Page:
There's literally dozens, if not hundreds, of examples of early home computers which aped the 70's Sony Stereo look. Not to say that the chrome stereo look is the worst thing to come out of the 1970's, of course. It's actually probably pretty darn wonderful compared to Harvest Gold appliances (with dark wood paneling accents) and Avocado Green carpets. Still, though, it amuses the heck out of me that these things are being sold as the epitome of "cool" thirty years later. I seriously wonder if the Apple stylists earnestly believe in what they're peddling here, or if they're just counting on no one who buys these things realizing that they're having a private joke at their expense.
Seriously, I have to wonder about the nasty little pr**k at Apple headquarters who's job it is to take the red pencil and decide which features get redlined in order to insure that the "cheap" Apple laptop is sufficiently brain-damaged to make settling on it an agonizing and unsatisfying option. No other PC manufacturer operates in such a blatantly consumer-unfriendly manner. It seems particularly ridiculous in the light that their cheapest laptop even now is still twice the price of anyone else's entry level.
(It's ridiculous that the *cheapest laptop* Lenovo sells, the Atom-powered S10 netbook for $399, has a better port configuration then the $1299 MacBook. It even has an ExpressCard/54 slot.)
Target disk mode is the *one and only* thing I *really love* about Apple hardware. R.I.P., I guess. *sigh*
Here's what I posted to our local Mac Group's list:
I really don't understand it. Firewire is not an obsolete standard like SCSI (at least SCSI on personal computers). How much extra does it cost for the Firewire hardware?
The only thing I know is that Firewire requires a high voltage power supply (I think like 30 volts) to be able to supply the 45 watts in the standard without running too many amps through the cable (at 5 volts 45 watts is like 9 amps!?!), but this only makes it more useful and simple to use than the 5 watts or so USB2 supplies. As regards video, here is what Wikipedia says:
"IEEE 1394 has been adopted as the High Definition Audio-Video Network Alliance (HANA) standard connection interface for A/V (audio/visual) component communication and control"
Seems like the standard for video, which is probably why it is still on all the high end Macs. I just don't think you should have to pay the $500+ premium for the convenience.
Then again, I don't think this is a good time to be raising the price of new Macbooks either, no matter how fancy the new manufacturing process is. I thought the 'unibody' process was supposed to be simpler and less expensive to do?
This newer but unimplemented Firewire standard sounds very useful and further simplifies the multiple ports on most laptops (and desktops):
"IEEE 1394c-2006 was published on June 8, 2007.
It provides the following improvements
* A new port specification which provides 800 Mbit/s over the same RJ45 connectors with Category 5e cable which is specified in IEEE 802.3 clause 40 (gigabit Ethernet over copper twisted pair)
* An automatic negotiation that allows the same port to connect to either IEEE Std 1394 or IEEE 802.3 (Ethernet) devices.
* Various minor updates to IEEE 1394b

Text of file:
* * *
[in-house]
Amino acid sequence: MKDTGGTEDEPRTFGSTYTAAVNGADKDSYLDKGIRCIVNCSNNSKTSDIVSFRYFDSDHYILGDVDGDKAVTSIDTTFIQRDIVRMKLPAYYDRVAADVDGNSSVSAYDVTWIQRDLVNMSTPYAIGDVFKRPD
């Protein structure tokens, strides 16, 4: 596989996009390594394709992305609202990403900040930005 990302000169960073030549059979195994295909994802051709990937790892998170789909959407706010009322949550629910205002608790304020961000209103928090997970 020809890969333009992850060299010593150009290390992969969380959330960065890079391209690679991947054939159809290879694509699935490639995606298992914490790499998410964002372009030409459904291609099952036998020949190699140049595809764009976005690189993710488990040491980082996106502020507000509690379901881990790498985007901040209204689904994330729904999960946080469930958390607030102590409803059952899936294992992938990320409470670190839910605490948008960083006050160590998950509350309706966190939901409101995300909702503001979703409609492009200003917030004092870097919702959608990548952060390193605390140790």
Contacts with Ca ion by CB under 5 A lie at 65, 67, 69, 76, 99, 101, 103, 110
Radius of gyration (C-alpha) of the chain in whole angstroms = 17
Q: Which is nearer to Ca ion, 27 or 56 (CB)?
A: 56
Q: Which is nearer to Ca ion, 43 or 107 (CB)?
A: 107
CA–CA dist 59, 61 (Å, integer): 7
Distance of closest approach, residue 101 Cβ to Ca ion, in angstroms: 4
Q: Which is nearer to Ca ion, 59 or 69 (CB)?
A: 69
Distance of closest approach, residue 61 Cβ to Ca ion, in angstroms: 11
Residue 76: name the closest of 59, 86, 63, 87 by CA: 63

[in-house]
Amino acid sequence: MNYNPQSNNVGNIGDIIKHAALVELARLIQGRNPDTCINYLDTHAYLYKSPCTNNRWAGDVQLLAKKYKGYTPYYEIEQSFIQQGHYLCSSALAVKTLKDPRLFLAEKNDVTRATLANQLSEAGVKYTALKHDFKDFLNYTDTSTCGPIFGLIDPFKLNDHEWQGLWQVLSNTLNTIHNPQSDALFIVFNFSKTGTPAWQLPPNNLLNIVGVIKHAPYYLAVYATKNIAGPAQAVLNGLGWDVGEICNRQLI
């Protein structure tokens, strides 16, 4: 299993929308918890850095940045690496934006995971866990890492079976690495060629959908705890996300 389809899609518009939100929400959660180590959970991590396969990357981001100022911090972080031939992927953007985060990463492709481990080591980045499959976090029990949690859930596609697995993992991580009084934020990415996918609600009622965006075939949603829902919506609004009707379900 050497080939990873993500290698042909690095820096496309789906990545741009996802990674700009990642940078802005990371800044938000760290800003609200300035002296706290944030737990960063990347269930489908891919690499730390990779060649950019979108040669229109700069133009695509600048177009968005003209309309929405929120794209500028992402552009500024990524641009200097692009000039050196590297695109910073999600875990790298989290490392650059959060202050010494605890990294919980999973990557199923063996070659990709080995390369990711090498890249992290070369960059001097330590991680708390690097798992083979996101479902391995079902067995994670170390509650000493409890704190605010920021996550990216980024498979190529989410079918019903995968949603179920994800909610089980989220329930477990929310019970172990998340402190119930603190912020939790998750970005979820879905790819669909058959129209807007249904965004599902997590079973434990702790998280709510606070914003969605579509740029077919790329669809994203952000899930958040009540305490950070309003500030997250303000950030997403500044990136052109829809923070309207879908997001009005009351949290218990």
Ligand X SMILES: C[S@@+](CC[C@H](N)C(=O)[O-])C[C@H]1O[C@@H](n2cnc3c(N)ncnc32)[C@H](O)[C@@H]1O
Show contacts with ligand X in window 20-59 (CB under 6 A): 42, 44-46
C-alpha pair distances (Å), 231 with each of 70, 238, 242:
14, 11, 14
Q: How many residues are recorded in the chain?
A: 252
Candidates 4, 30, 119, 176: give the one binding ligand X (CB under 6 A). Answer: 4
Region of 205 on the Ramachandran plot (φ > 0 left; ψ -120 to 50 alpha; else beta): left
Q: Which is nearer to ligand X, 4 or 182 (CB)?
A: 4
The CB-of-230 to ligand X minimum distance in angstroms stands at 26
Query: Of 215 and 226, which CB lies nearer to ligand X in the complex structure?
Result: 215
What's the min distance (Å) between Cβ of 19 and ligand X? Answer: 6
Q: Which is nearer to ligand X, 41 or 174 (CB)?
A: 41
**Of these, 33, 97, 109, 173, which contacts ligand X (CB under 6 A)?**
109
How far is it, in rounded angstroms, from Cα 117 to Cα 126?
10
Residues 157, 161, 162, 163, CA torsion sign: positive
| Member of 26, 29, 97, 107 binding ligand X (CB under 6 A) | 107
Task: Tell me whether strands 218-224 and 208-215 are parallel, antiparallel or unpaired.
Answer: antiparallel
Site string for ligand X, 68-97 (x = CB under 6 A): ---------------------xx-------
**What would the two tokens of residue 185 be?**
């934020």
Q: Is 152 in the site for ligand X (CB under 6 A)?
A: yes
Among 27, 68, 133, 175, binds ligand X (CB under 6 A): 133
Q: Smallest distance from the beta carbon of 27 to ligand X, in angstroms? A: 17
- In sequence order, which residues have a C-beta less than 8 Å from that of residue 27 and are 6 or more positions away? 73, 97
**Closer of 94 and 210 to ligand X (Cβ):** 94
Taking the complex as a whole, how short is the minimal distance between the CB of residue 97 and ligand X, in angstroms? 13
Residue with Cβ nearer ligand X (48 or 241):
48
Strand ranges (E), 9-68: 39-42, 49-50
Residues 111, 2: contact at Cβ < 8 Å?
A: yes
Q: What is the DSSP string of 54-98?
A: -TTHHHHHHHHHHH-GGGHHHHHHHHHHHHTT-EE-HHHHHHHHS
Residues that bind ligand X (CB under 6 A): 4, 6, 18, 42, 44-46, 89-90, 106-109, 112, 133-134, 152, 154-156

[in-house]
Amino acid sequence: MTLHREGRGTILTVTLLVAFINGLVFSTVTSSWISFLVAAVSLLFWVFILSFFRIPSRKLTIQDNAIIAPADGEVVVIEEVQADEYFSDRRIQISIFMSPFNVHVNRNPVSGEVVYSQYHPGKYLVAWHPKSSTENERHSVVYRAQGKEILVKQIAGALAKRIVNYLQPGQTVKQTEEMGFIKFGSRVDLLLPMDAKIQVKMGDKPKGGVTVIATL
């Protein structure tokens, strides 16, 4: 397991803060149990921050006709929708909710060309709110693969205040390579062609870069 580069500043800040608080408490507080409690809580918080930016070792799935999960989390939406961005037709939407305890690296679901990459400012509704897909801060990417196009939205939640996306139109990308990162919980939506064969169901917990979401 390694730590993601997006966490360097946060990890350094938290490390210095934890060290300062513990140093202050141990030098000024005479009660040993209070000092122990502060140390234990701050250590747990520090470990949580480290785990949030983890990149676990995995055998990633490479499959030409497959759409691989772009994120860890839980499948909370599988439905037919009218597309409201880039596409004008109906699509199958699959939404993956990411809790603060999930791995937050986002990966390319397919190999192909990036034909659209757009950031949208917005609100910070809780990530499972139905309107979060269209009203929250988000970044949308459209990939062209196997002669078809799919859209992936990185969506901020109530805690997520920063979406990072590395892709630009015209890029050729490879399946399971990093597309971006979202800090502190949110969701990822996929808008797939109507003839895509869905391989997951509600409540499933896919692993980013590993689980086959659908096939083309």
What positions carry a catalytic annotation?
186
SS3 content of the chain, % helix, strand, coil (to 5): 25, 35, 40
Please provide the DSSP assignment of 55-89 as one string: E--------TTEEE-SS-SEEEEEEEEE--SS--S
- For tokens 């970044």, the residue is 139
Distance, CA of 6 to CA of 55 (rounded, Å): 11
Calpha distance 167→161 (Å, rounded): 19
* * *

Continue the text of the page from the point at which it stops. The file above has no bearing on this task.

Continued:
Though the potential for a combined Ethernet and FireWire RJ45 port is intriguing, as of December 2007, there are no products or chipsets which include this capability."
I always thought Firewire would become the standard for connecting home theatre components together, eliminating a huge amount of wiring, though most components or speakers would still need to be self powered. It looks like this might be taken over by HDMI though I am not really familiar with what HDMI is capable of.
(geek on a soapbox mode off) :^)
That's not a very nice thing to call Jonathan Ive.
I agree with you; Apple's hardware is expensive. But it always has been, and always will be, and people have and will continue to pay for the privilege of owning a Mac. I'm still using Macs because, at the end of the day, I don't want to come home to put up with more of the bulls**t Windows problems that I have to deal with at work. I'd be willing to bet that the vast majority of "switchers" Apple has gained in the past couple years feel the same way, and at the same time, most of them probably don't give a crap (or even know about) TDM. Ever since Uncle Steve took the reins again, Apple's been much quicker to kill "underutilized" technologies in its machines, and it seems that most "average" home users (e.g. the majority of Mac owners) don't even seem to notice.
What I really want is a Mac netbook though. Sure, I could pick up a Dell Insipron Mini 9 and hack OS X onto it, but then I'd still be getting headaches. So it'll be an entry-model aluminum MacBook for me.
If I had the $1299 I'd be in the same boat. I'm in dire need of a new portable, and the Macbook looks nice. I hate how flimsy most plastic laptops feel and it sure seems that the new Macbooks take care of that. I'll have to head down tot he local Apple store to give one a field flex test. I don't care much for the black keys, as white with black text show up better in the dark, but if some how the backlit kb on the higher end model works ok then the point is moot. So long at it doesn't kill night vision. I'm still looking aweful lusty at the Lenovo netbook with a custom OS X... If only Apple followed suit on the netbook trend. It'd be the mini of the portable Macs.